Friday, April 15, 2016

Wired: It's 2016. Why Can't Anybody Build A Freaking To-do App?

Wired had a good article recently about why can't anybody build a decent freaking to-do app. This one resonated with me because it's been a point of frustration for years.

Remember the good old Franklin Planner? It was very useful. With a two page per day format, you had your calendar and task list on one side, and your notes on the other. It was a really good format, and yet nobody has been able to replicate it in software. I've tried Franklin Covey's "Plan Plus" software in the past. It sucks.

Building a decent productivity app obviously has some large challenges. For one, it needs to work on multiple platforms. Some people can pick a single platform and dedicate their entire lives to it. Not me. I jump phones left and right. Since about 2010, I went from an iPhone 4 to a Galaxy S3 to a Nokia 920 to an iPhone 6 to a Note 5. I liked the Nokia except for one thing: app support on Windows Phone is abysmal. Even if the app exists, it never gets updated. If it does get updated, it's stupid features. "Kindle update: share your place in your book over Facebook with your friends!" Screw you, Amazon, just let me highlight and make notes. And make a Kindle app for a non-Android or iOS platform that doesn't suck. Kindle for Mac is useless. Kindle for Windows 10 crashes too often for me to tell if it's useful, but I'm assuming it's useless. I've bought more than enough Kindle books and other products through Amazon to justify you spending some time working on updating the Mac and Windows Kindle apps into something that works.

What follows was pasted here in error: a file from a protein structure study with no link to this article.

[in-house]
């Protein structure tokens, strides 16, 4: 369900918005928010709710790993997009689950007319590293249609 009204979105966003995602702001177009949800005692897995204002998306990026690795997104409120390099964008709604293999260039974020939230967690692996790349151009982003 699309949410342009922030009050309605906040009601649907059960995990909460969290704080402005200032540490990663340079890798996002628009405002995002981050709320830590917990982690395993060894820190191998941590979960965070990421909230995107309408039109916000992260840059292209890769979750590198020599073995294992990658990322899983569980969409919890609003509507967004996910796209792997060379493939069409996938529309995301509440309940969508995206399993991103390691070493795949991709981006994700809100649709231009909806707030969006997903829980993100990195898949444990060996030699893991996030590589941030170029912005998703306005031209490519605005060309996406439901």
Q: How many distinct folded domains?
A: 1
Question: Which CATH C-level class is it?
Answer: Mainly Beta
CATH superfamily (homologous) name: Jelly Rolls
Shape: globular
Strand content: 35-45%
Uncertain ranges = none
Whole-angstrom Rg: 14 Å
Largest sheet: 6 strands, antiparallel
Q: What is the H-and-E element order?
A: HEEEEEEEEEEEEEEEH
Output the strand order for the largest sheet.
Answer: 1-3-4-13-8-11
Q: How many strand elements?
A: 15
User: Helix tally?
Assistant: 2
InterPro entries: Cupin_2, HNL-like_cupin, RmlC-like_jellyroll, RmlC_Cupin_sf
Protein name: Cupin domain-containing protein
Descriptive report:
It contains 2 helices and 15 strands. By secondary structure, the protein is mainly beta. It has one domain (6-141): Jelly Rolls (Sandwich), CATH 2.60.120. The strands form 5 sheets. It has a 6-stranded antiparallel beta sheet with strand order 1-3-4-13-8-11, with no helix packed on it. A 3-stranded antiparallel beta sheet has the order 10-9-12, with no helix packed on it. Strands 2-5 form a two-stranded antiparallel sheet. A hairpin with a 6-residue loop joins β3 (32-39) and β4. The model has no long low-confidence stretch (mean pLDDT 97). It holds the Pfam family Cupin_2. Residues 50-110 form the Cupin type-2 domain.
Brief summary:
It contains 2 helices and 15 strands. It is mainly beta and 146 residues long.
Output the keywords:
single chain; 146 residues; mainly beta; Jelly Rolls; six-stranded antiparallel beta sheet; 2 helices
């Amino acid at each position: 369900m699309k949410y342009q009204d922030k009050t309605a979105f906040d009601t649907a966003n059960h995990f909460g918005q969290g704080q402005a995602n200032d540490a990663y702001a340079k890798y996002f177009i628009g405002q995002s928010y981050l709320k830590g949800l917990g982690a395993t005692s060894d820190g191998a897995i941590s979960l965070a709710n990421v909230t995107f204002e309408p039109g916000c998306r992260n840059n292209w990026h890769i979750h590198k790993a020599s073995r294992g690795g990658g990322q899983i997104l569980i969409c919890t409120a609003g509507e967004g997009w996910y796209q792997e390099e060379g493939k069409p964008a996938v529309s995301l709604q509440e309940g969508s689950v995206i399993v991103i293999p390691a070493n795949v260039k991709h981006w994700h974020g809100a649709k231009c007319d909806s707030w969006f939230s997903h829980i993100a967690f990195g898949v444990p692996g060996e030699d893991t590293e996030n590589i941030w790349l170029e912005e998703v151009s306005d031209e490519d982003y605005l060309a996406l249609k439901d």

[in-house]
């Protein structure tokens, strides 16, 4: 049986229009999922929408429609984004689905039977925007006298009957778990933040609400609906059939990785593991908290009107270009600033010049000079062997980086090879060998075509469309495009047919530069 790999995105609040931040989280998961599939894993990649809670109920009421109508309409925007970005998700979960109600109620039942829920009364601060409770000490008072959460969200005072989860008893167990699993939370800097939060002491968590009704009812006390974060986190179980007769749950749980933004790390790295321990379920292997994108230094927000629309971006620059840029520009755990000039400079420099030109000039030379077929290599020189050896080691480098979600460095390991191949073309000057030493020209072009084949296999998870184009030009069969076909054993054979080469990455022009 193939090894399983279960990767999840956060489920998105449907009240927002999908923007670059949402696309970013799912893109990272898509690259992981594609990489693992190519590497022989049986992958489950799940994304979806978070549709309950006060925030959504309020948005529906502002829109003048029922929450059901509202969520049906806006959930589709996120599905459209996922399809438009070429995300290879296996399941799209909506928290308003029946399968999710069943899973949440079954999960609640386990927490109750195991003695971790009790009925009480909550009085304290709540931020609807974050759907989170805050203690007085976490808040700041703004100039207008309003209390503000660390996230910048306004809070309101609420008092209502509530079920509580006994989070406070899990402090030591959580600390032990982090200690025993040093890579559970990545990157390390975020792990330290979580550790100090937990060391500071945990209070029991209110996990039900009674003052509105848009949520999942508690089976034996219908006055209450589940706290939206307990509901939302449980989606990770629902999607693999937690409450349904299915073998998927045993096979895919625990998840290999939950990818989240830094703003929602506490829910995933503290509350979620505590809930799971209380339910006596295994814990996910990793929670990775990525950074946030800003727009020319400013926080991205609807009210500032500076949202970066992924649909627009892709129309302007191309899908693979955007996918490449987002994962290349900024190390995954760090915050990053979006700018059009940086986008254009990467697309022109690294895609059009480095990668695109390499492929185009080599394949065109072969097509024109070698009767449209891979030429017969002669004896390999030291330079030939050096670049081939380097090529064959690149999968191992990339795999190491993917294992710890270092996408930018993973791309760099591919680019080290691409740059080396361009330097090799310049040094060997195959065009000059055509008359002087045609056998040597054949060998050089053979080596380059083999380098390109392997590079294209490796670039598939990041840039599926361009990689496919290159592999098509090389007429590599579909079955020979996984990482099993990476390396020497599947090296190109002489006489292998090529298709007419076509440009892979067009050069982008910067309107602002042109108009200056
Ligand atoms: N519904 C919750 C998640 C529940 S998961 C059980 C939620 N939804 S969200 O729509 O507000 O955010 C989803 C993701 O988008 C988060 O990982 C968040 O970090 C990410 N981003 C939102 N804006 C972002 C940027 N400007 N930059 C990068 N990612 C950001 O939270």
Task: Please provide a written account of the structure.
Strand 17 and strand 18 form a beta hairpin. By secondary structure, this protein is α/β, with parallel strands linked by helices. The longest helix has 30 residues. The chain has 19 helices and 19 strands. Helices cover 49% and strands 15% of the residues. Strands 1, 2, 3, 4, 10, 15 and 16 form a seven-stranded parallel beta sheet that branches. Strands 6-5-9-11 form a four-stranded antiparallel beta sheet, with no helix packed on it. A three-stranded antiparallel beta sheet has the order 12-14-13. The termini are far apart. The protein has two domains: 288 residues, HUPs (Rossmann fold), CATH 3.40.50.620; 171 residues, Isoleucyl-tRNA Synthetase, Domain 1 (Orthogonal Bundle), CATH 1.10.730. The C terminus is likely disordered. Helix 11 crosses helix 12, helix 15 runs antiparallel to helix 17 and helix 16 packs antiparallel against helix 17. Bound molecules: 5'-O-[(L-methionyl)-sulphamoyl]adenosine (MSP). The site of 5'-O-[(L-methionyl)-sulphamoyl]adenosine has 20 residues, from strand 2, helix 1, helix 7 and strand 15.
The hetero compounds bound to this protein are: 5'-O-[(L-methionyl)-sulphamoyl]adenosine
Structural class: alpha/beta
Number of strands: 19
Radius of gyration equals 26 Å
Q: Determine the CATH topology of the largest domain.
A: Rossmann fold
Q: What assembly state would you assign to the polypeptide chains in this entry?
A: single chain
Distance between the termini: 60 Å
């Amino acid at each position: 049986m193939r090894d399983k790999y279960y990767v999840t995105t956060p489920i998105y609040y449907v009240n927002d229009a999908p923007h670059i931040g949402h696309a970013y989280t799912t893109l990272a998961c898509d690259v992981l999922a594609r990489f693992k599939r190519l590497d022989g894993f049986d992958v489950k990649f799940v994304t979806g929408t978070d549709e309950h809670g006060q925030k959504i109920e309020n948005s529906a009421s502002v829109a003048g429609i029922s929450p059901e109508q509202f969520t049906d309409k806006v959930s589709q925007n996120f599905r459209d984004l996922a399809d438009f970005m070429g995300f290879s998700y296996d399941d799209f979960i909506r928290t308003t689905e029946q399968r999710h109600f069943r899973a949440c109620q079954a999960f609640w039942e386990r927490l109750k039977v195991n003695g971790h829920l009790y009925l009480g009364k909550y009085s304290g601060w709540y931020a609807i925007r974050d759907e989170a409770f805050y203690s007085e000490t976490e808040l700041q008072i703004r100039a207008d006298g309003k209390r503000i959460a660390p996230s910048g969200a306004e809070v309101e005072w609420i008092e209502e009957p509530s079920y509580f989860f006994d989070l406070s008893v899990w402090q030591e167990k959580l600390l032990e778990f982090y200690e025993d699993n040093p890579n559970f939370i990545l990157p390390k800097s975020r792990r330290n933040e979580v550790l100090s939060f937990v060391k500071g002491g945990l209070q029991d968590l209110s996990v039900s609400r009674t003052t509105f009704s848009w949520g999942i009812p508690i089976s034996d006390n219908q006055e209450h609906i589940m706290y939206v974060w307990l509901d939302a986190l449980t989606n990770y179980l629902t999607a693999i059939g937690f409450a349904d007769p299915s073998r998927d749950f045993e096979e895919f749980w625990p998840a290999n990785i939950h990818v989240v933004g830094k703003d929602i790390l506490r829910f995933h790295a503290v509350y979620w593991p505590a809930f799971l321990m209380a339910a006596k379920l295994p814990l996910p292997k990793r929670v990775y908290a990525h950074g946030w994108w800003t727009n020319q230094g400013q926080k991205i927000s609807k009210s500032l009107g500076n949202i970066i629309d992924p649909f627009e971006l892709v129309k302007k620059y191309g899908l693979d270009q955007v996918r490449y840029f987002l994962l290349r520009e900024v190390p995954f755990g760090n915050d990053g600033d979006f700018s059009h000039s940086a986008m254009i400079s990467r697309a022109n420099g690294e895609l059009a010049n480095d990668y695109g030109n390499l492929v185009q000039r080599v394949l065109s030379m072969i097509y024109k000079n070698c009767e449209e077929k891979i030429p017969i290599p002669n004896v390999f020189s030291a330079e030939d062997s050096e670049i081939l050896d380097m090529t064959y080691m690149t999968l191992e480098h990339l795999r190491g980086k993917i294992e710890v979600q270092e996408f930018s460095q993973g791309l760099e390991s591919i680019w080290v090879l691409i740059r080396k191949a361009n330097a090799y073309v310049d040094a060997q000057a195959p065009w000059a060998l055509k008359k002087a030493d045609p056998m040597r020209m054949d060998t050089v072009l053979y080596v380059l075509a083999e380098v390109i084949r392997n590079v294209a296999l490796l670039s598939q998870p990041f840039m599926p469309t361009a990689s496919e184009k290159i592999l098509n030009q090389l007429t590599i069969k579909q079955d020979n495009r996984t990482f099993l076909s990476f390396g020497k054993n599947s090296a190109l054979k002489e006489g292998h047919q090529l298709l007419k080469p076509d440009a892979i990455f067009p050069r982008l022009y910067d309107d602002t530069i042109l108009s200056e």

I often hear about some new app that's supposed to be THE SHIT, but it turns out to only work on iOS. That's fine for simple things like "Take out the trash", but if I'm in a big planning session, I'd rather be sitting at my MacBook Pro. But I'm not willing to get some uber-productivity app for only the MacBook Pro, because I can't carry it with me everywhere.

Most productivity apps I encounter are a single feature. It's either a calendar, or a to-do list, or a note app. Why can't we have one with all three in the same place? But no, I have to keep my calendar in Google Calendar, my notes in Evernote, and my tasks in something else; currently Nozbe. And I have to switch between all three while I'm trying to plan or even figure out what I'm supposed to be doing.

Google rolled out tasks in 2008, and hasn't touched them since. Not a single update. I know Google used to allow employees 20% discretionary time. Many of the great Google services came out of that discretionary time. I haven't seen any in years. Do they still have it?  Are they all doing space and robotics now, rather than trying to improve Google services?

Heck, if Evernote could just introduce a new pane that syncs with Google Calendar, that would be good enough, I think, as long as it works offline.

Pocket Informant has tried to be what I'm asking for, but in some ways it's too complex, and lacking in others. The last time I tried to use it, you could only assign one context to a task. And when I tried to add an appointment, it never synced to Google Calendar.

My wife ALMOST had me convinced to go back to the Franklin Planner, except I went to an appointment with her and she forgot her paper calendar, so she couldn't see which day was best for an appointment. I said "I'm just going to stick with something that works on my phone. I always have that with me."
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